The Institute for Figuring’s first worldwide exhibition was a giant display of a crochet coral reef system. This item is just a small representative of the reef, which is still making rounds in partner museums around the world.
On April 20th, Obscura Society LA visited a museum that is focused on making math more approachable and interactive.
The event at the Institute for Figuring was led by Field Agent, Robert Hemedes (the author of this post), and immediately upon arriving at this museum tucked away in a hidden corner of Chinatown, the Obscura Society was welcomed and encouraged to help assemble a portion of 60,000 tailored cards and transform them into Level One Menger Sponges. Not an easy concept to understand, even when you try to describe it in layman’s terms. These are first level fractals and make for very colorful and aesthetically pleasing geometric objects. The pictures that you see below are examples of the menger sponges. It was similar to constructing Legos but at a more an advanced level.
Margaret Wertheim showing how an abstract concept like fractals can be better understood and appreciated when are transformed into a hands-on exercise
After our hands on experimenting time, Margaret Wertheim, the founder of the Institute of Figuring and a renowned mathematician, provided us with an insightful lecture and demonstration on what exactly fractals are and how to conceptualize them in 3D models. We learned a wealth of material about fractals, including how they manifest in nature in various forms like the frills on lettuce and ferns, the way our lungs are designed, and coral reef systems. Perhaps the most popular application of fractals today is computer animation.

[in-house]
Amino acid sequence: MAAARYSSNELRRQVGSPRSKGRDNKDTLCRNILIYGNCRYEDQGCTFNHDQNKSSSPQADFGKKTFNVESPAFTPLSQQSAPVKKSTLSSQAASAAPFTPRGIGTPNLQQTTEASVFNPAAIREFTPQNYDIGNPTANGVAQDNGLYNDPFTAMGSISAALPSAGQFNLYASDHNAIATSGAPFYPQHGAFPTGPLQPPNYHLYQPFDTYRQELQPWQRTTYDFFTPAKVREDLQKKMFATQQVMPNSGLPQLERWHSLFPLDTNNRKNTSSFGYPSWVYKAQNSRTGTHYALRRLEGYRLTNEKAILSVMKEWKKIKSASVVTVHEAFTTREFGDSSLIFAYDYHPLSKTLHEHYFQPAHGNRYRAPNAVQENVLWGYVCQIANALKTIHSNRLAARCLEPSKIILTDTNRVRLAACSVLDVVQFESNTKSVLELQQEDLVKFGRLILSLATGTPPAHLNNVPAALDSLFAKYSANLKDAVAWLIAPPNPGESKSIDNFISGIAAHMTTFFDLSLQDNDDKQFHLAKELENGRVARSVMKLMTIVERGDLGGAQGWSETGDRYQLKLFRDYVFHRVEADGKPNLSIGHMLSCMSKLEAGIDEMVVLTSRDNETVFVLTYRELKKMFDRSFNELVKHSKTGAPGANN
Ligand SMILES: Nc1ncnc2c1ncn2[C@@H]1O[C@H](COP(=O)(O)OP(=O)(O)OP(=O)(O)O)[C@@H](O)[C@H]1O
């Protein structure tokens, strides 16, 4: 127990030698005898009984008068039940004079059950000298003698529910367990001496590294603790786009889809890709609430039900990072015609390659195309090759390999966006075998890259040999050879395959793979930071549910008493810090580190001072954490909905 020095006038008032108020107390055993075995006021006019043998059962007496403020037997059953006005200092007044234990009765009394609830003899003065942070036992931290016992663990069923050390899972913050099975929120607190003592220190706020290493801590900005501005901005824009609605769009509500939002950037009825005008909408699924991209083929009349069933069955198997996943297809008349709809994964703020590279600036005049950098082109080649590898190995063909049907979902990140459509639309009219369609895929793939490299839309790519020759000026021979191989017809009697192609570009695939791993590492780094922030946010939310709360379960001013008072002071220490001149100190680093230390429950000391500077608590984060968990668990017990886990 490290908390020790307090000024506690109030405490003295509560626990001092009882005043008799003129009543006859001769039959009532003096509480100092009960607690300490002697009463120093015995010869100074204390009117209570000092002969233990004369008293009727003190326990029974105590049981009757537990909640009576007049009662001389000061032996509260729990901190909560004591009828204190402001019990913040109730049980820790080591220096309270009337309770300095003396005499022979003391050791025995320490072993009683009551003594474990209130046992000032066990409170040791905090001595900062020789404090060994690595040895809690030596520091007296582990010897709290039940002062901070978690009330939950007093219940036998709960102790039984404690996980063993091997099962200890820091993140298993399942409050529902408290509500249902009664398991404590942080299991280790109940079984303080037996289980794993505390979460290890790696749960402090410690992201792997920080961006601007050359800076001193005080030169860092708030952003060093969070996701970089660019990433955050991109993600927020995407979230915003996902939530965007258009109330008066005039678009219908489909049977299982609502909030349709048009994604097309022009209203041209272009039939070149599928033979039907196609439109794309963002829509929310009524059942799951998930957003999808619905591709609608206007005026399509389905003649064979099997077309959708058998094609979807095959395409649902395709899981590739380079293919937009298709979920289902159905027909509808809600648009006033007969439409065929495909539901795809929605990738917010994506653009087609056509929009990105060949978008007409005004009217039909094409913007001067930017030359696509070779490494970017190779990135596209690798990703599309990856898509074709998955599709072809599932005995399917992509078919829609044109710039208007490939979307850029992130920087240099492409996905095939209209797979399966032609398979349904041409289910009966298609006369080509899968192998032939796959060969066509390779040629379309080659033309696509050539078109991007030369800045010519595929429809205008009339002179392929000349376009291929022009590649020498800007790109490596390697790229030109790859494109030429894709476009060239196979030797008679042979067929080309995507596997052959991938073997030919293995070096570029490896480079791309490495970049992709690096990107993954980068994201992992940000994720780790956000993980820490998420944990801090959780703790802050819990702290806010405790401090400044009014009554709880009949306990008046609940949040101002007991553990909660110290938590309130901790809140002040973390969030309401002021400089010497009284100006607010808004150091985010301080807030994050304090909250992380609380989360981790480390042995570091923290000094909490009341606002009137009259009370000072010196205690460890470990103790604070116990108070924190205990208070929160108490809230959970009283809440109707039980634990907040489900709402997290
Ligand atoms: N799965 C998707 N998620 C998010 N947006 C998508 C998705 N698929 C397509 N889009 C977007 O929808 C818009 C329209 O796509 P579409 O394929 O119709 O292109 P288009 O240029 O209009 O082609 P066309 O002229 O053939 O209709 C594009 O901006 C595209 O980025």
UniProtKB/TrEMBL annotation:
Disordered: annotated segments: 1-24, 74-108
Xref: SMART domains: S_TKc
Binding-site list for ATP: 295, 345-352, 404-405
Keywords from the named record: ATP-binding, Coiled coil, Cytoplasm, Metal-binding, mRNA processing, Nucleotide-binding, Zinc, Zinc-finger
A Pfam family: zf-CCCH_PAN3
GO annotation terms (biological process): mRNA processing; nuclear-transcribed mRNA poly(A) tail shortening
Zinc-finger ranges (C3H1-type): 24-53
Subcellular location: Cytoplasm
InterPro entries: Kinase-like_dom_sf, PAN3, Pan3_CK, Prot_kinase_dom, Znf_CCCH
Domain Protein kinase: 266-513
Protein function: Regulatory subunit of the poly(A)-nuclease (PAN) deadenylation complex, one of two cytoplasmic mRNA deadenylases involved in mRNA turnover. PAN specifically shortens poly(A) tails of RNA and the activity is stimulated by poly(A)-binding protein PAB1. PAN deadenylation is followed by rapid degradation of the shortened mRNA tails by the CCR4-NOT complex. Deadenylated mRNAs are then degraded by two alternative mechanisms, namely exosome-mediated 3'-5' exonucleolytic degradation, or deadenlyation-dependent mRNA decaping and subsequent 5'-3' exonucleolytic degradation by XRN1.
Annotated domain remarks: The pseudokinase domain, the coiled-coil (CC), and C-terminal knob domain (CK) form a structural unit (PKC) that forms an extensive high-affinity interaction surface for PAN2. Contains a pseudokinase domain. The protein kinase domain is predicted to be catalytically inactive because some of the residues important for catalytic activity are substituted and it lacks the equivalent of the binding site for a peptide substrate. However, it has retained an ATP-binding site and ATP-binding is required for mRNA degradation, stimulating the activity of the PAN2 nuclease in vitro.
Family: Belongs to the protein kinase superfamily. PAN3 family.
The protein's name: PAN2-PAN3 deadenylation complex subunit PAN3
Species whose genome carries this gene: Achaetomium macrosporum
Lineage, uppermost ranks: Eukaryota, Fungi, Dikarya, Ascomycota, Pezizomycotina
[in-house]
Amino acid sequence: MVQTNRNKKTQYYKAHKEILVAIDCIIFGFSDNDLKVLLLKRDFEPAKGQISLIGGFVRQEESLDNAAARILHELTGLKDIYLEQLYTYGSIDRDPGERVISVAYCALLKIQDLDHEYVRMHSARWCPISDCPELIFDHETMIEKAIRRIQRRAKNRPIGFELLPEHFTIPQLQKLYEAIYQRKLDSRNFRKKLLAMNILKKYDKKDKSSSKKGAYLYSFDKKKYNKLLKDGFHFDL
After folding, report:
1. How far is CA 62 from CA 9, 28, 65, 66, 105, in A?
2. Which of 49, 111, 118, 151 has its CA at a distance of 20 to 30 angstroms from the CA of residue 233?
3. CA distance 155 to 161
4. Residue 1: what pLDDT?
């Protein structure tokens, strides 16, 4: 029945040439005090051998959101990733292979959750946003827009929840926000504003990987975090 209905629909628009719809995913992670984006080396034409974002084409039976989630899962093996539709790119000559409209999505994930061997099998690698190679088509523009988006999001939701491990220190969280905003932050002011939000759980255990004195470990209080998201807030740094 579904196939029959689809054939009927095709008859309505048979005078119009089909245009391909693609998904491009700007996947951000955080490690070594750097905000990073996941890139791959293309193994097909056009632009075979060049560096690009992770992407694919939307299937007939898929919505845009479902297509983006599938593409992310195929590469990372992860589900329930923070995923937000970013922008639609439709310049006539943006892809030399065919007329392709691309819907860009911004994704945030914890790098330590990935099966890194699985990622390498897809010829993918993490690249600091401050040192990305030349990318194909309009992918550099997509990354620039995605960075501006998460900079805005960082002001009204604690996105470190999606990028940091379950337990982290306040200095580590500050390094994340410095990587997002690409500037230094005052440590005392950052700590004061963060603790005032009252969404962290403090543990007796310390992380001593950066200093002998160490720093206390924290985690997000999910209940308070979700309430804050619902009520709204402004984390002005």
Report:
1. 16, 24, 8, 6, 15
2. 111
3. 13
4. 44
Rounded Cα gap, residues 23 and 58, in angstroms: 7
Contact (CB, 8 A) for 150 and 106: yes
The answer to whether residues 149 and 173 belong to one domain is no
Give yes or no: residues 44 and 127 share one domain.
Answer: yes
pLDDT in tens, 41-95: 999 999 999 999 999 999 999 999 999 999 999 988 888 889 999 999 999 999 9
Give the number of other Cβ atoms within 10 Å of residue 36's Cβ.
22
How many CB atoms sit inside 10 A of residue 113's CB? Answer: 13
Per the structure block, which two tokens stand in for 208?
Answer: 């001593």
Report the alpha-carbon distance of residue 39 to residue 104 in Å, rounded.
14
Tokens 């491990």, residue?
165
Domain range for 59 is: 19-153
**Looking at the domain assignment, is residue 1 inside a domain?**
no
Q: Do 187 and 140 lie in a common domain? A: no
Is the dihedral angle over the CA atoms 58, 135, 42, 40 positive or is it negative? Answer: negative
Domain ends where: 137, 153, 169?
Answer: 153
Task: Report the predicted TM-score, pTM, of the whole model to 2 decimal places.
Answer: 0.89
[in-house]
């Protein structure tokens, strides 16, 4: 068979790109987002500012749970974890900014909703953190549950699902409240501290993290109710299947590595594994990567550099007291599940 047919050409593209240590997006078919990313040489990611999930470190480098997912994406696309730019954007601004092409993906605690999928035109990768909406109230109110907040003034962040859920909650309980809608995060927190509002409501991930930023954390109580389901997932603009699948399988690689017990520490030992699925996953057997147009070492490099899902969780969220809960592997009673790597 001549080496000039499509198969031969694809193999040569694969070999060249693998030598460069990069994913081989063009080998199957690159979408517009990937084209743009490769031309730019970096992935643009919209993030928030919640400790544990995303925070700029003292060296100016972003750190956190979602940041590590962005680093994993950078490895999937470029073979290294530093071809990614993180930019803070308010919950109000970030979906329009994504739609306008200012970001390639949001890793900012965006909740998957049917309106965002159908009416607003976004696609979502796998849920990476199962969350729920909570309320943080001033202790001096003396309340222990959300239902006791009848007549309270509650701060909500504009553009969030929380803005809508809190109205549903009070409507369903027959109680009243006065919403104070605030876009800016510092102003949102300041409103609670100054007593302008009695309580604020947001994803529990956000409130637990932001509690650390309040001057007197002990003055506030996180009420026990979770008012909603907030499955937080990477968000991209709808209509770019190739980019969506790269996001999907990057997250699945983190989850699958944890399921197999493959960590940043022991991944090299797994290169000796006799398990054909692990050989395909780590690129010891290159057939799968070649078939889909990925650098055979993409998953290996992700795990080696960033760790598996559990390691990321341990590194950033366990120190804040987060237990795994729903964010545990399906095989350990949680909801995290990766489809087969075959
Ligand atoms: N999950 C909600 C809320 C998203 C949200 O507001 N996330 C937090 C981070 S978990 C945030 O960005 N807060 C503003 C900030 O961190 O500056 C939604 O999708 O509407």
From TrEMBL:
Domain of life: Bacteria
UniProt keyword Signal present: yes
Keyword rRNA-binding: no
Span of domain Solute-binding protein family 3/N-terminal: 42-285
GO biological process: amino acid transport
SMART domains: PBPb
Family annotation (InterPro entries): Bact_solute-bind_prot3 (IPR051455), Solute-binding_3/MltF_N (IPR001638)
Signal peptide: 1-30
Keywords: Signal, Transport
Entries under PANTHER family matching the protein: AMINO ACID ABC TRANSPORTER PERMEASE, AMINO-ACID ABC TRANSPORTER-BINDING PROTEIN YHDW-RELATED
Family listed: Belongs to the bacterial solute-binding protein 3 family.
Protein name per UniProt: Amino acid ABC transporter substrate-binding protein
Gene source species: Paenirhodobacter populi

Obscura Society LA participants building Level One Menger sponges.
A creative display of a Level One Menger sponge created from specially made business cards.
The Level One Menger sponges can be transformed into a variety of shapes based on the creativity of their volunteer makers.
Assembled business cards creating another beautiful Level One Menger Sponge.
While it’s not a children’s museum, the Institute for Figuring does offer activities for the entire family.
Margaret Wertheim demonstrating what fractals are from concept to 3D model.
The Institute for Figuring regularly hosts demonstrations and hands on activities for their ongoing exhibits and they are all family friendly. Even if you were not able to join us on this particular field trip, we encourage you to visit them and their unique corner in LA’s Chinatown!
The Obscura Society is the real-world exploration arm of Atlas Obscura We seek out secret histories, unusual access, and opportunities for our community to explore strange and overlooked places hidden all around us. Join us on our next adventure!